The Reserve Bank of India (RBI) has recently issued new guidelines to regulate the digital lending ecosystem of its regulated entities (REs) and the credit facilitation services provided by Lending Service Providers (LSPs). The guidelines state that all digital loans must be disbursed and repaid only through bank accounts of regulated entities, without the involvement of any third parties.
These guidelines are aimed at curbing the rising malpractices in the digital lending industry, including mis-selling, breach of data privacy, unfair business conduct, charging exorbitant interest rates, and unethical recovery practices. The RBI has classified digital lenders into three categories, with the latest regulatory framework focusing on the digital lending ecosystem of its regulated entities and the LSPs engaged by them.
For entities falling in the second category, the RBI recommends that the respective regulator formulate rules on digital lending based on the recommendations of the working group. For entities in the third category, specific legislative and institutional interventions are suggested by the working group for consideration by the central government to curb illegitimate lending.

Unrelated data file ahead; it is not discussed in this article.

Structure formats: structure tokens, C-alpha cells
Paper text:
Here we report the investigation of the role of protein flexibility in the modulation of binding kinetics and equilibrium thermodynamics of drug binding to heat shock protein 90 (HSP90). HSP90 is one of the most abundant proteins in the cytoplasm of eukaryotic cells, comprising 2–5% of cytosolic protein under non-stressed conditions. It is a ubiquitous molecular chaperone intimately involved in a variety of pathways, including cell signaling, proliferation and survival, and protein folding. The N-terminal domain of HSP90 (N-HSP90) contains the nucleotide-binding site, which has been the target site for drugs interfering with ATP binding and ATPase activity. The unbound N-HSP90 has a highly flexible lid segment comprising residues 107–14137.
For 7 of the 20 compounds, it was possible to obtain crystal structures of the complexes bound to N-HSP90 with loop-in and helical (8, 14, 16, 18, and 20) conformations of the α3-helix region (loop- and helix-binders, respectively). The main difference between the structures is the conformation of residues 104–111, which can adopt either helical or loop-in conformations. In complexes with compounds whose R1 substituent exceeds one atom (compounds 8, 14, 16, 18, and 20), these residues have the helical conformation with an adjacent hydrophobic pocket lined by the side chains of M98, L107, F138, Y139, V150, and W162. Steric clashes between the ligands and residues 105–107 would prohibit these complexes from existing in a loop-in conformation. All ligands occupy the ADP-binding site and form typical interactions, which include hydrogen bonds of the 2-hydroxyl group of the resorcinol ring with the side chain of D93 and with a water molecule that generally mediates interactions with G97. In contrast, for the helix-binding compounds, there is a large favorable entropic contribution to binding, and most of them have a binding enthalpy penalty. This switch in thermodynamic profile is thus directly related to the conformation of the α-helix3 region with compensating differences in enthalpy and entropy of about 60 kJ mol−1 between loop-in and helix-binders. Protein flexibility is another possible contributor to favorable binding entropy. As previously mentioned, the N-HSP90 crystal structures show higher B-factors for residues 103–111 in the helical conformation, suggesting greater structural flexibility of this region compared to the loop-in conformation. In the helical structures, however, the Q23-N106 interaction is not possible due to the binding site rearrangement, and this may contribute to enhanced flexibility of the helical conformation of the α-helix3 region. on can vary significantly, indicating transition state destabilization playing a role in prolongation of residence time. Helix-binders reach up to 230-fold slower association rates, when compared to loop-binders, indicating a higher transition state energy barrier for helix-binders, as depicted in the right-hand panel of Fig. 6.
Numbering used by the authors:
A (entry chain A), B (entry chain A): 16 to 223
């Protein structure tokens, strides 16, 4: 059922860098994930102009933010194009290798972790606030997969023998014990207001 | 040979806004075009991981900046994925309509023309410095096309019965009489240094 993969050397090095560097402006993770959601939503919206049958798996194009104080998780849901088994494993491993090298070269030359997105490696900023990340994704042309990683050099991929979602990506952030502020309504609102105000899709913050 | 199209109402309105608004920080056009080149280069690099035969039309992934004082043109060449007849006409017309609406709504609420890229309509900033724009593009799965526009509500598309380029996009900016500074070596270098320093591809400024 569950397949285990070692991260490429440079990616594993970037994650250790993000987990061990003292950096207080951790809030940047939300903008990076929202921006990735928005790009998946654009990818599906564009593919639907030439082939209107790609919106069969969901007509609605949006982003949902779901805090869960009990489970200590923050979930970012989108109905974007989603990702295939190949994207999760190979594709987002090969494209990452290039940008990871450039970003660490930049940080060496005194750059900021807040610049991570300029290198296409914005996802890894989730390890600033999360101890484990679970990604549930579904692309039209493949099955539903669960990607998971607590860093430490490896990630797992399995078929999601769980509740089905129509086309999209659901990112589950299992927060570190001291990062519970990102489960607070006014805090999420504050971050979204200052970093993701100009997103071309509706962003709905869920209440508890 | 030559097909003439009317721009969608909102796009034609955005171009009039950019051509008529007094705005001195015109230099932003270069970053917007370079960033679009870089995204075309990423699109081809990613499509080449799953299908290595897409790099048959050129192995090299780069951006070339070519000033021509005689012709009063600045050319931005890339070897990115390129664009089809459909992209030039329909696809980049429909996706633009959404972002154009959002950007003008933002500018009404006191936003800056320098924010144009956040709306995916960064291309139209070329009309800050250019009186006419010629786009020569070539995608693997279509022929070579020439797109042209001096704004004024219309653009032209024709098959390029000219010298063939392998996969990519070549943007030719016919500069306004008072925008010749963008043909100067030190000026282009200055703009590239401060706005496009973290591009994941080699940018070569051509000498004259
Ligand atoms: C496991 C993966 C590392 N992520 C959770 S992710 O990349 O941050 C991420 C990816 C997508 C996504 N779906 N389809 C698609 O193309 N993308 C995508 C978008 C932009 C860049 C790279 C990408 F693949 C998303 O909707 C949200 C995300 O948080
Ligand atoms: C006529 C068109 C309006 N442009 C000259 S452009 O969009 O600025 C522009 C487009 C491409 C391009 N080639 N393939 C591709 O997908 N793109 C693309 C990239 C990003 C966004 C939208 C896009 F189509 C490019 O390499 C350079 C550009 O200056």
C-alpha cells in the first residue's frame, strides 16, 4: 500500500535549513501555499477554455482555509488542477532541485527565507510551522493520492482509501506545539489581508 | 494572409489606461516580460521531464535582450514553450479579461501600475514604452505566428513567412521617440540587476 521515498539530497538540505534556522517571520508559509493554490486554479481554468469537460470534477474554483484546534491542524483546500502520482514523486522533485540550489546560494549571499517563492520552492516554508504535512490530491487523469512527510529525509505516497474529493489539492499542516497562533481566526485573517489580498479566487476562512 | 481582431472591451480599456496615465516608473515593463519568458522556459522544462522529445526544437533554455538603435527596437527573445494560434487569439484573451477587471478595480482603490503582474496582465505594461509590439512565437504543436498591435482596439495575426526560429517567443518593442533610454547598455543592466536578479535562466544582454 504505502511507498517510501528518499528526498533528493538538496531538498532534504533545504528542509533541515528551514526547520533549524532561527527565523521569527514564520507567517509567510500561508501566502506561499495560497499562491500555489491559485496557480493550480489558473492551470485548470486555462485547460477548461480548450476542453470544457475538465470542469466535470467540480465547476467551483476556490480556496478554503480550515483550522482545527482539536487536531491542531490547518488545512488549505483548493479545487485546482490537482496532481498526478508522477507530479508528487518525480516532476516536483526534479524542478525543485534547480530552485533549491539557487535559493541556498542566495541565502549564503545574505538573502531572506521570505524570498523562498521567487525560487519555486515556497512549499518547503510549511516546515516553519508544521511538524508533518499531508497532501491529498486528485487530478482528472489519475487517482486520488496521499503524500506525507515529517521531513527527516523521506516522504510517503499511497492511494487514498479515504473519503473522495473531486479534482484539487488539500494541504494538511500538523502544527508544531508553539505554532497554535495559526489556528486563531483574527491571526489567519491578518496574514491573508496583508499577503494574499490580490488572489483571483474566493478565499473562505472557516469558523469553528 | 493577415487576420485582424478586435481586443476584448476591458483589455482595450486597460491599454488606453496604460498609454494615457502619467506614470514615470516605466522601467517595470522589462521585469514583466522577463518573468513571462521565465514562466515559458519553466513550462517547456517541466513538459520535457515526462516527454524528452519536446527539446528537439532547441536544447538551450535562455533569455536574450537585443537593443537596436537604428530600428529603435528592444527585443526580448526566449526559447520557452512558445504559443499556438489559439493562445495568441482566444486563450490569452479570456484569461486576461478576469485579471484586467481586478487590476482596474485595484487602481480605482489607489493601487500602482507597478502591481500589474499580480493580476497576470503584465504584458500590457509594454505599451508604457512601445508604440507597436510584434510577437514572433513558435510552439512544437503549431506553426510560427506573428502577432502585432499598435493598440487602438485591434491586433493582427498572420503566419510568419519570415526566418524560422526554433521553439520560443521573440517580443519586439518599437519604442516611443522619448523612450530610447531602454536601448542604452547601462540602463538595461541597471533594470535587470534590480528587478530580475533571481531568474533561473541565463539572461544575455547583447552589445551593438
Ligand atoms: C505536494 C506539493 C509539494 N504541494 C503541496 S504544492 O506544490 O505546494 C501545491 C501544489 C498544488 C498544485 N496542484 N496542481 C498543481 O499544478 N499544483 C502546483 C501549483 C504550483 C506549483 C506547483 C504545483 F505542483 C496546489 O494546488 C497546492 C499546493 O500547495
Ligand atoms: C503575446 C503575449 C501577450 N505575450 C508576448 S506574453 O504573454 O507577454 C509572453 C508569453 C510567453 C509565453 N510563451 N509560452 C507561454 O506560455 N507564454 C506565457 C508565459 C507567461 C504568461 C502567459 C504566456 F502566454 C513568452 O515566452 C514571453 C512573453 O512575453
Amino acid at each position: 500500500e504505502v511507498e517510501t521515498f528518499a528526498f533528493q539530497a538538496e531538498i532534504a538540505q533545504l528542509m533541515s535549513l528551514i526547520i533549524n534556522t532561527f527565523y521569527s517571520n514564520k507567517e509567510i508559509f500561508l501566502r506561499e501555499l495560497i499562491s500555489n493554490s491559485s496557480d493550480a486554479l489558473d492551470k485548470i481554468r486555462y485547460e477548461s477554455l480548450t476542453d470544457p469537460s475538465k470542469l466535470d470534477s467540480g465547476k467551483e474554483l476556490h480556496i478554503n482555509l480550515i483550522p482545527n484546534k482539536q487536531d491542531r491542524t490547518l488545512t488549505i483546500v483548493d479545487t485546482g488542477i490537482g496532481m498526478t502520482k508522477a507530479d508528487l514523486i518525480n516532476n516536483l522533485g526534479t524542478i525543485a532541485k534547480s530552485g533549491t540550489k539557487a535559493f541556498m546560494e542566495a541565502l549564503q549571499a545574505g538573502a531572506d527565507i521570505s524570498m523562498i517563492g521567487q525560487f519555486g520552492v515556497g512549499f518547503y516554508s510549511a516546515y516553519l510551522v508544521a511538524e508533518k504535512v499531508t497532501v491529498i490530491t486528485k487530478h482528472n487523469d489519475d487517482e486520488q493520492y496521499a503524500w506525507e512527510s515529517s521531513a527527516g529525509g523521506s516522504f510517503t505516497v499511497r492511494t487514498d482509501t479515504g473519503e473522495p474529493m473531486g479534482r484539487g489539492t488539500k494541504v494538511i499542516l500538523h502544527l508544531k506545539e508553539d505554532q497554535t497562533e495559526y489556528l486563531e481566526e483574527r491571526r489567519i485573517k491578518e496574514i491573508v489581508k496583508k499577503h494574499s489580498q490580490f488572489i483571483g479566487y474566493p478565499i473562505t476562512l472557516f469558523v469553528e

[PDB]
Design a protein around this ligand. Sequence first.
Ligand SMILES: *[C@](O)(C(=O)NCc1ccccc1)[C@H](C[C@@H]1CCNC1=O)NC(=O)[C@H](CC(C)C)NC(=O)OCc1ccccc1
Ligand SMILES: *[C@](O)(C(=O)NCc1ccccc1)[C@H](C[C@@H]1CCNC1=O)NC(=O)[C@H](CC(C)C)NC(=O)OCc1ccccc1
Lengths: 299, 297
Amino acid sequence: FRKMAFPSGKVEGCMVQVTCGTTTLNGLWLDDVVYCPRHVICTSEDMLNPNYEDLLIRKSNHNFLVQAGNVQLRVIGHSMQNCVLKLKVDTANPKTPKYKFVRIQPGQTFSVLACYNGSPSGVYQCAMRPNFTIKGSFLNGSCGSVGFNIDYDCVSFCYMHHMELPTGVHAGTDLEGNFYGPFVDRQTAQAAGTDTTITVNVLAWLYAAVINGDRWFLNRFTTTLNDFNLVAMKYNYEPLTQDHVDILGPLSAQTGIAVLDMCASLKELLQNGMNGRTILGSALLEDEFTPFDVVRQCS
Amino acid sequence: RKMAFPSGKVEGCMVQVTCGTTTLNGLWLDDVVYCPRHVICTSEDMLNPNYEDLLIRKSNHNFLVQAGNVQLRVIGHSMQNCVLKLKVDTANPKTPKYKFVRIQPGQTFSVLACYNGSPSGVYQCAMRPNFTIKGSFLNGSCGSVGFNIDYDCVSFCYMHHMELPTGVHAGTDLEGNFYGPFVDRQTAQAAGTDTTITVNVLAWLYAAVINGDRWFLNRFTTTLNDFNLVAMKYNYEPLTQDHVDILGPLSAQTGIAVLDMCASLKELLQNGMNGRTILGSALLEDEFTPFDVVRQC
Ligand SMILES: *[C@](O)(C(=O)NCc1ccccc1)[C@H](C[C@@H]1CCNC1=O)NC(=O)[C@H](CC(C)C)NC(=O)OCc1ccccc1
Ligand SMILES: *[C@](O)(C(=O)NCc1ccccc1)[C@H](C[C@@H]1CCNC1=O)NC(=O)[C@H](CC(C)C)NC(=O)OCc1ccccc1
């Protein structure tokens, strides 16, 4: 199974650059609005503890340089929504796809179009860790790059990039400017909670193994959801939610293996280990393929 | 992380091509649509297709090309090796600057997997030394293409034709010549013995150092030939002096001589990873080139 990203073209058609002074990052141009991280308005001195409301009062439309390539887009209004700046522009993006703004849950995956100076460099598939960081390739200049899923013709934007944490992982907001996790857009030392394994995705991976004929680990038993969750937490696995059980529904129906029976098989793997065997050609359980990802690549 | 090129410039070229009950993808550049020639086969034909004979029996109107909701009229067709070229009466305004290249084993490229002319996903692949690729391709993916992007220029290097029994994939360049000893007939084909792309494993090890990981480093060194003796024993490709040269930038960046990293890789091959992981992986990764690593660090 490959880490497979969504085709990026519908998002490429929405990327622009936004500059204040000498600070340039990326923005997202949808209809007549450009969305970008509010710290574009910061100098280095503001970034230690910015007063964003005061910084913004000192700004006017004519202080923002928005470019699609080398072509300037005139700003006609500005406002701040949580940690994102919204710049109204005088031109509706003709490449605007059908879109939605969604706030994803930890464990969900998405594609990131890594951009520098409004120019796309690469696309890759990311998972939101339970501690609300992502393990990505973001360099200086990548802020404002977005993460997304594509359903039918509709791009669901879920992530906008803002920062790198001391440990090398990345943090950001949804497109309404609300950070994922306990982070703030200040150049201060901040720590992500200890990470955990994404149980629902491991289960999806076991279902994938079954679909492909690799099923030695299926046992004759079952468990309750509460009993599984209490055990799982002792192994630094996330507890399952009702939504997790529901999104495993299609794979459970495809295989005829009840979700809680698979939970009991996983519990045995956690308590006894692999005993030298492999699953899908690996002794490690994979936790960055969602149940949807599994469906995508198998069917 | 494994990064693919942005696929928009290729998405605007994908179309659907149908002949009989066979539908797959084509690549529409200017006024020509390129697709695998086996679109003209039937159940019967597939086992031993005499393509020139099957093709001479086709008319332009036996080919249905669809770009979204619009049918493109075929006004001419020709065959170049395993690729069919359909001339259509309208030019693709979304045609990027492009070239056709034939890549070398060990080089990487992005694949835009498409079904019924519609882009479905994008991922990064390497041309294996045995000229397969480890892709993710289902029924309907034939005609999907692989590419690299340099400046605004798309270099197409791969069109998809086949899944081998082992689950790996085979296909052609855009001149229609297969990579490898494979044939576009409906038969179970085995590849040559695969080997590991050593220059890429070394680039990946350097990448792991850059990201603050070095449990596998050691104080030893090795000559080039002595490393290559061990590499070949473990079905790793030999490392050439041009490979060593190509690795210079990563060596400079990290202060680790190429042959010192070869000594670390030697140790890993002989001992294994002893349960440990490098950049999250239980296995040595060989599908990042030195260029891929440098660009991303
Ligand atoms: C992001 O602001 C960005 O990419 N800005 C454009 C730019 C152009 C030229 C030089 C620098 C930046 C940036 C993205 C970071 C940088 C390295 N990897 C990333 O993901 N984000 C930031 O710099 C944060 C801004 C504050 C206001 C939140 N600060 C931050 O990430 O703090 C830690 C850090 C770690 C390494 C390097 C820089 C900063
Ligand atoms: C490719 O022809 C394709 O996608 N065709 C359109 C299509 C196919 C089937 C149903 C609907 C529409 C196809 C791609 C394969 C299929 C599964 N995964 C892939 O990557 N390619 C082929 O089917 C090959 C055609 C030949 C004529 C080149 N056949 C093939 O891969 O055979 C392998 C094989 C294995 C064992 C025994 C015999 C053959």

The Digital Lenders’ Association of India (DLAI) has welcomed the new guidelines, stating that they provide a nuanced blueprint for responsible and sustainable growth of the digital lending ecosystem. However, the RBI has also addressed the need to stamp out incipient trends that are antithetical to customer protection and data security.
The guidelines mandate that all fees or charges payable to LSPs in the credit intermediation process shall be paid directly by the RE and not by the borrower. Additionally, any lending sourced through DLAs will have to be reported to credit bureaus by REs, irrespective of its nature or tenor.
To ensure customer protection and data security, data collected by DLAs should be need-based, have clear audit trails, and be done only with prior explicit consent of the borrower. The RBI has suggested providing options for borrowers to accept or deny consent for use of specific data, revoke previously granted consent, and delete the data collected from borrowers by DLAs/LSPs.
Overall, the new guidelines aim to promote responsible lending practices while protecting the interests of borrowers and promoting the growth of the digital lending ecosystem in a sustainable manner.